How To Fix a Running Toilet The Easy Way
What’s that sound coming from the bathroom? Is someone still in the bathroom? Perhaps Taco Tuesday wasn’t such a great idea.
Wait—that’s the sound of water.
You dart into the bathroom to find it empty, less the sound of water running. Frustrated, you can almost see your next water bill. Your toilet keeps running and you need to fix it—and fast.
WATCH THE VIDEO VERSION OF HOW TO FIX A RUNNING TOILET
In this short video, learn about the most common causes of running toilets and how to fix them.
SEE WHY YOUR TOILET IS RUNNING
REMOVE THE LID FROM THE TOILET TANK
And it’s probably smart to put the lid on the floor. The last thing you want is that thing to crash down on your foot.
LOOK AND LISTEN FOR VISIBLE LEAKS
If you hear water but can’t see it, water is probably leaking through the flapper. You’ll find the flapper at the bottom of the tank. When you flush the toilet, the flapper opens.
TRY THE DYE TEST FOR TOILET FLAPPER LEAKS
Drop a leak detector tablet into the tank (find these in the plumbing section at your local hardware store). A few drops of colored food dye will do the trick too. Wait roughly 30 minutes, without flushing, then check the water in the toilet bowl.
If you see colored dye in the toilet bowl, and you haven’t flushed the toilet, there’s a leak.
HOW TO FIX 4 TYPES OF LEAKING TOILET
You can try to fix a running toilet yourself. In most cases, you’ll only need to replace the toilet flapper and maybe the filling mechanism too.
(1) WATER FLOWS FROM THE TANK INTO THE BOWL WITHOUT FLUSHING
You may have a flapper valve leak. This is the rubber valve in the bottom of the tank and a popular cause for a leaking toilet. If the flapper is worn or cracked, you’ll need a new one. Learn how to replace a flapper here.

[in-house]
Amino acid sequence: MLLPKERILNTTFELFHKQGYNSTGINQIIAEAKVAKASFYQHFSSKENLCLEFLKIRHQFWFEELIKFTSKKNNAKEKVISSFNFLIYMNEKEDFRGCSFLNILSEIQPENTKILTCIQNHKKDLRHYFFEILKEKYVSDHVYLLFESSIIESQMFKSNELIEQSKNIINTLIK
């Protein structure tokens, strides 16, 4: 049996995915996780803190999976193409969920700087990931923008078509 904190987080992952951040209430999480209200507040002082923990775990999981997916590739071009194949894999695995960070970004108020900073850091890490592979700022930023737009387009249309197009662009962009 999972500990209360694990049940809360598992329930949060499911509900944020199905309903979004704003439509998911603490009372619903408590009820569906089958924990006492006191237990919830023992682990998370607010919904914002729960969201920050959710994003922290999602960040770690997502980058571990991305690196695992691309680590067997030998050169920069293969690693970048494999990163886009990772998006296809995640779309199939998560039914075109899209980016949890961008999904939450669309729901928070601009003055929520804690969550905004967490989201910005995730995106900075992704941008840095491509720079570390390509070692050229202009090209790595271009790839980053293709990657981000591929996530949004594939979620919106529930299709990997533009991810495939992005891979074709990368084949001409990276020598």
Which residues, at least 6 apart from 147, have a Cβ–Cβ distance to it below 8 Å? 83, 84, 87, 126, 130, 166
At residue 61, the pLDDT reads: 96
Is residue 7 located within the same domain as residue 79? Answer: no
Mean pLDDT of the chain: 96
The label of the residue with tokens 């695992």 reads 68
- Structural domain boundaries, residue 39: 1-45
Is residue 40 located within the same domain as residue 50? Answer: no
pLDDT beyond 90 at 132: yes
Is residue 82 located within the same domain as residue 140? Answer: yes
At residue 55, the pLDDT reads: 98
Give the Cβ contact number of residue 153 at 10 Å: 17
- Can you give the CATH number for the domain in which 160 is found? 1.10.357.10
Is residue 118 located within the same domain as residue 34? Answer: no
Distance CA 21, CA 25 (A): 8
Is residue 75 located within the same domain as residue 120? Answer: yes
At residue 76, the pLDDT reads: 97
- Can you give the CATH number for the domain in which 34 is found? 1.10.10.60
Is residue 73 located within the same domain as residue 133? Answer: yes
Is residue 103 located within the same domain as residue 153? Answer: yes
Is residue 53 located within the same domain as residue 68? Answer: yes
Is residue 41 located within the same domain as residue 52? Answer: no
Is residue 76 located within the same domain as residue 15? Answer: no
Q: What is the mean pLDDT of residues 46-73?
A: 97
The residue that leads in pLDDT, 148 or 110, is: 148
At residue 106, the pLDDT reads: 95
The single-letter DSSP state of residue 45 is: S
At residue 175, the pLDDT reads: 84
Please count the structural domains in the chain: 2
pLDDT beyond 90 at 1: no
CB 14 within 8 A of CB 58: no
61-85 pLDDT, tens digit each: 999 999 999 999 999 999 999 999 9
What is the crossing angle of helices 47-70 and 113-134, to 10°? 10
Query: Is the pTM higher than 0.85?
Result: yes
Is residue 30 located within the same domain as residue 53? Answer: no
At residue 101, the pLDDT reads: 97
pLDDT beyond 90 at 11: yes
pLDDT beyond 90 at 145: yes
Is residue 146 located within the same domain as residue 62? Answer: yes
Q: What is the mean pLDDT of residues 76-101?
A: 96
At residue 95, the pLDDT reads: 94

(2) THERE'S A PUDDLE OF WATER ON THE FLOOR
You may be dealing with leaky fill valves. The fill valve is connected to the tank with a compression fitting with a rubber seal. Leaks happen when the fitting gets loose, or the seal becomes worn or cracked. Click here to learn how to replace this from HomeDepot.com.
(3) THE TOILET HANDLE NEEDS JIGGLING
If the handle needs to be jiggled to keep the toilet from running continuously, the flush level bar and chain (or the handle itself) may be sticking. Adjust the nut that secures it in the toilet tank. If you’re still wiggling the handle and nothing is happening, you may need a new handle. You’ll find this at the hardware store too.
(4) WATER IN THE TANK IS TOO HIGH
The water level in the tank should be even with the fill line on the back of the toilet tank (approximately ½" below the overflow tube). If the water is too high spilling into the overflow tube, adjust the water level by turning the adjustment screw or by very gently bending the float arm down so that the water shuts off at a level below the overflow tube.
Regardless of the cause for a toilet that won’t stop running, you’ll want to get to the root cause of it and fast. A leaking toilet is more than just an annoying problem; it can raise your water costs and waste water.